Retired Air Force Master Sgt. John Rytkonen was not happy last October when he was dropped from his Tricare Prime military health program.
In October, the Pentagon downsized areas served by Prime, and Rytkonen, in Sulfur, Louisiana, lives far from a military base where Prime is still offered.
He and his wife were forced to drop out of the health maintenance-style program and shift to Tricare Standard, the military’s fee-for-service program, which is more expensive for the couple.
So Rytkonen was excited to hear that Congress included a provision in the fiscal 2014 defense bill that would let him opt back into Prime.
What he didn’t know was that the original version of the bill, which would have given most of the 171,000 retirees and family members who lost Prime on Oct. 1, 2013, the chance to re-enroll in the program, had been watered down.
The final version guaranteed Prime access only to those who live within 100 miles of a military treatment facility and who agree to choose a network doctor within 40 miles of a military hospital or clinic — which means some beneficiaries might have to travel up to 60 miles for routine care.
The deal is essentially the same one Rytkonen had been offered when he first lost Prime, only with guaranteed access instead of being at the mercy of Prime availability at the base.
Either way, he and his wife would have to change doctors. And the closest physician who fit the program is 40 miles away down a treacherous two-lane road.
“Under Prime, we could manage our health care costs. We knew how much we paid for hospitalizations, appointments and co-payments,” Rytkonen said. “Now we’re afraid to see a doctor because if they order something that isn’t approved by Tricare, it could ruin us.”
About 76,000 Tricare beneficiaries received letters last month informing them they can re-enroll in Prime. But like Rytkonen, many are likely to have to change doctors and drive farther to see the new physician.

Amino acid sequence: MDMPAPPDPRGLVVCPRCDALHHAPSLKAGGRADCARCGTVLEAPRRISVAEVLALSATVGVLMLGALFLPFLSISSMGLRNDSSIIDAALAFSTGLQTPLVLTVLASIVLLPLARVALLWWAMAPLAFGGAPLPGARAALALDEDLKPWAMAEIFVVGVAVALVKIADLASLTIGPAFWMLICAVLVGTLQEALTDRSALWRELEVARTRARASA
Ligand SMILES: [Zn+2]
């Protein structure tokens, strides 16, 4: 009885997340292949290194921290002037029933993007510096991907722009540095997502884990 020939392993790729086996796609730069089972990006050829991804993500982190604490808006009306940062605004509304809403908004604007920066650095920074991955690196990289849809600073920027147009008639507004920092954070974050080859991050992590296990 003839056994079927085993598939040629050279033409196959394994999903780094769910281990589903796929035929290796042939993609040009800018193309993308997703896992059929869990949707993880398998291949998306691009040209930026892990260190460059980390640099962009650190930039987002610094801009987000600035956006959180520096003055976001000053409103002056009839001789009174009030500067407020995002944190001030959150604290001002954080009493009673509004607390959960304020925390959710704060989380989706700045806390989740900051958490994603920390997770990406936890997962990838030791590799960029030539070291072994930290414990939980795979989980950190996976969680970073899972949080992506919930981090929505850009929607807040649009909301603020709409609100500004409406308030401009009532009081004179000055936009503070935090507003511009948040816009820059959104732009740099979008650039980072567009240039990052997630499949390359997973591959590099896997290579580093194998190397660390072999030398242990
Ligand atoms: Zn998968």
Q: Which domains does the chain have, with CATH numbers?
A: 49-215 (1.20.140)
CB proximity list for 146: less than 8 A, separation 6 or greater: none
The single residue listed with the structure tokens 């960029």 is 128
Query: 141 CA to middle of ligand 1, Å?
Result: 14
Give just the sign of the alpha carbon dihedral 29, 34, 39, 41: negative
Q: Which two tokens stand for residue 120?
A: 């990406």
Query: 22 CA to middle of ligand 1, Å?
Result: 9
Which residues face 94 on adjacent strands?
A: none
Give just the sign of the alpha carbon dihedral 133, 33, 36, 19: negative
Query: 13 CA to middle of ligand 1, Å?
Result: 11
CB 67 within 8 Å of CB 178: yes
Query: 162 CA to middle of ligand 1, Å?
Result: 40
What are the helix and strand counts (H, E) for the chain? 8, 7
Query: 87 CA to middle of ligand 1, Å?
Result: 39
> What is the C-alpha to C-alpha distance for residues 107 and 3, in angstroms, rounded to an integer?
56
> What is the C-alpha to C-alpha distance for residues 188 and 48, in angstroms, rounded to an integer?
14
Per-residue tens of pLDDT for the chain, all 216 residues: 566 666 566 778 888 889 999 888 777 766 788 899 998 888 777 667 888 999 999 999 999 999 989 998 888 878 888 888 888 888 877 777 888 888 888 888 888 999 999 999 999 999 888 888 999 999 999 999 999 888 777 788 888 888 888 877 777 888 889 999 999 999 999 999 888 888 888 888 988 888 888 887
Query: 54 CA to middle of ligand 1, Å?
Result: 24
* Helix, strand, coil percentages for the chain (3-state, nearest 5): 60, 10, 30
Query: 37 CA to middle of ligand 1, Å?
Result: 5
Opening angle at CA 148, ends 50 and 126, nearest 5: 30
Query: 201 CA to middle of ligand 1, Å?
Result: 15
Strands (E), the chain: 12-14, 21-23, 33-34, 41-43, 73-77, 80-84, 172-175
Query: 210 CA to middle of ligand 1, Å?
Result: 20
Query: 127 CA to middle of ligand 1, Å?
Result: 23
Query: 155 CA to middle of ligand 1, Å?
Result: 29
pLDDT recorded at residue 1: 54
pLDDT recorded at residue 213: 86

Managed health care programs like Tricare Prime were introduced in the 1990s to control rising costs of medical care and promote overall health, with an assumption that preventive medicine and healthy lifestyle choices would reduce future medical costs.
Prime service areas were expanded under previous Tricare contracts because “at the time, Tricare Prime was projected to [cost] less than Tricare Standard,” according to a Pentagon memo.
But this has not turned out to be the case and in 2007, when the Defense Department drafted the next generation of Tricare contracts, it moved to rein in Prime availability where it was offered by the Tricare regional contract managers.
The result: Roughly 171,000 Tricare Prime beneficiaries — retirees and family members — were disenrolled in October, with about 76,000 now being allowed back in under the significant new caveats.
Pentagon officials say Tricare Standard maintains the highest customer satisfaction of all Tricare programs and offers the most choice for treatments and care.
Unlike Prime, Standard requires no enrollment fees. But depending on how much health care a beneficiary needs, out-of-pocket costs can be higher under Standard, which requires cost-shares of 25 percent for most visits and an annual catastrophic cap of $1,000 for active duty families and Tricare Reserve Select beneficiaries and $3,000 for all others per family.
Many former Tricare Prime beneficiaries in the South region can save money by going to the physicians they were seeing before they were disenrolled, since the regional contract manager, Humana Military, maintains the same network of providers who offer a discount of a 20 percent cost-share.
Retired Air Force Col. Brady Cheek said he has been happy with Prime and watched the legislative moves last year carefully.
He lives about 100 miles from Fort Bragg, North Carolina, but was on Prime during the time when the entire South region was a Prime service area.
He is among many beneficiaries disappointed in the final version of the law.
“Bottom line, I can’t see the same doctors as I had under my original Prime,” Cheek said.
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